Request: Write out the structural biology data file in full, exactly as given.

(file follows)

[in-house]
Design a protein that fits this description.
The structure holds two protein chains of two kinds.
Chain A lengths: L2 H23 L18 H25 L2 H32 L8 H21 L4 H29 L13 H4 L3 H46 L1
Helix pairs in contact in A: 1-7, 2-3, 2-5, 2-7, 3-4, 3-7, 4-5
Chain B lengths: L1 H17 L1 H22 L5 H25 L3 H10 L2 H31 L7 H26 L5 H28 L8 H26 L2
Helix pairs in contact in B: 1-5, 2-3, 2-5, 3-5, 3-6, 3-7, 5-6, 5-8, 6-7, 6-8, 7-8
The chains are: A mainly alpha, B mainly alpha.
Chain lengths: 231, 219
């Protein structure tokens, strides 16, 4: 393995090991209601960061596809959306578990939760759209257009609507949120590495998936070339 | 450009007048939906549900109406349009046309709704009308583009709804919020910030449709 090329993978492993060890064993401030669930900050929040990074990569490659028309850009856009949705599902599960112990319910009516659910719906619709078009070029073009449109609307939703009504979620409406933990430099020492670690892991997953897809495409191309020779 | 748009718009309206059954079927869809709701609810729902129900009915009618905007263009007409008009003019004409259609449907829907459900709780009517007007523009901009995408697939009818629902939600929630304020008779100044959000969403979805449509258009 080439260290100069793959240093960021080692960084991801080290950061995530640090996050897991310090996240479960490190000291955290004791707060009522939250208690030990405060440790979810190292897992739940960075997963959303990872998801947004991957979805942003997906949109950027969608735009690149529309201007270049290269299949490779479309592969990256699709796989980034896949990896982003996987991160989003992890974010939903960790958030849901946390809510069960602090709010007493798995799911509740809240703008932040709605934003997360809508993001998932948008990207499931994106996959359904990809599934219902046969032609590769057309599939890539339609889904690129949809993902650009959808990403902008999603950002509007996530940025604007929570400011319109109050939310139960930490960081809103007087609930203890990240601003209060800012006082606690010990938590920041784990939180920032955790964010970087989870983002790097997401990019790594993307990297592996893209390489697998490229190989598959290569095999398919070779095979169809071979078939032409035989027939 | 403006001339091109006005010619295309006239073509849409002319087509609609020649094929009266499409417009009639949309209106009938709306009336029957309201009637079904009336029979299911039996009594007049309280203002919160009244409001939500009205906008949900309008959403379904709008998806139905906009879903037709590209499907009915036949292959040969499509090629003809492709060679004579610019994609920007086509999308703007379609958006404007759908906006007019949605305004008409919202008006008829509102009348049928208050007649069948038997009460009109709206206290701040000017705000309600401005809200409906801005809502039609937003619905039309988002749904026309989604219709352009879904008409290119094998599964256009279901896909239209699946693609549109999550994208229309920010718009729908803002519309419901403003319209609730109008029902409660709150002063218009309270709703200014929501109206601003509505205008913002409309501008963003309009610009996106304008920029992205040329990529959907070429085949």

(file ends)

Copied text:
[in-house]
Design a protein that fits this description.
The structure holds two protein chains of two kinds.
Chain A lengths: L2 H23 L18 H25 L2 H32 L8 H21 L4 H29 L13 H4 L3 H46 L1
Helix pairs in contact in A: 1-7, 2-3, 2-5, 2-7, 3-4, 3-7, 4-5
Chain B lengths: L1 H17 L1 H22 L5 H25 L3 H10 L2 H31 L7 H26 L5 H28 L8 H26 L2
Helix pairs in contact in B: 1-5, 2-3, 2-5, 3-5, 3-6, 3-7, 5-6, 5-8, 6-7, 6-8, 7-8
The chains are: A mainly alpha, B mainly alpha.
Chain lengths: 231, 219
């Protein structure tokens, strides 16, 4: 393995090991209601960061596809959306578990939760759209257009609507949120590495998936070339 | 450009007048939906549900109406349009046309709704009308583009709804919020910030449709 090329993978492993060890064993401030669930900050929040990074990569490659028309850009856009949705599902599960112990319910009516659910719906619709078009070029073009449109609307939703009504979620409406933990430099020492670690892991997953897809495409191309020779 | 748009718009309206059954079927869809709701609810729902129900009915009618905007263009007409008009003019004409259609449907829907459900709780009517007007523009901009995408697939009818629902939600929630304020008779100044959000969403979805449509258009 080439260290100069793959240093960021080692960084991801080290950061995530640090996050897991310090996240479960490190000291955290004791707060009522939250208690030990405060440790979810190292897992739940960075997963959303990872998801947004991957979805942003997906949109950027969608735009690149529309201007270049290269299949490779479309592969990256699709796989980034896949990896982003996987991160989003992890974010939903960790958030849901946390809510069960602090709010007493798995799911509740809240703008932040709605934003997360809508993001998932948008990207499931994106996959359904990809599934219902046969032609590769057309599939890539339609889904690129949809993902650009959808990403902008999603950002509007996530940025604007929570400011319109109050939310139960930490960081809103007087609930203890990240601003209060800012006082606690010990938590920041784990939180920032955790964010970087989870983002790097997401990019790594993307990297592996893209390489697998490229190989598959290569095999398919070779095979169809071979078939032409035989027939 | 403006001339091109006005010619295309006239073509849409002319087509609609020649094929009266499409417009009639949309209106009938709306009336029957309201009637079904009336029979299911039996009594007049309280203002919160009244409001939500009205906008949900309008959403379904709008998806139905906009879903037709590209499907009915036949292959040969499509090629003809492709060679004579610019994609920007086509999308703007379609958006404007759908906006007019949605305004008409919202008006008829509102009348049928208050007649069948038997009460009109709206206290701040000017705000309600401005809200409906801005809502039609937003619905039309988002749904026309989604219709352009879904008409290119094998599964256009279901896909239209699946693609549109999550994208229309920010718009729908803002519309419901403003319209609730109008029902409660709150002063218009309270709703200014929501109206601003509505205008913002409309501008963003309009610009996106304008920029992205040329990529959907070429085949």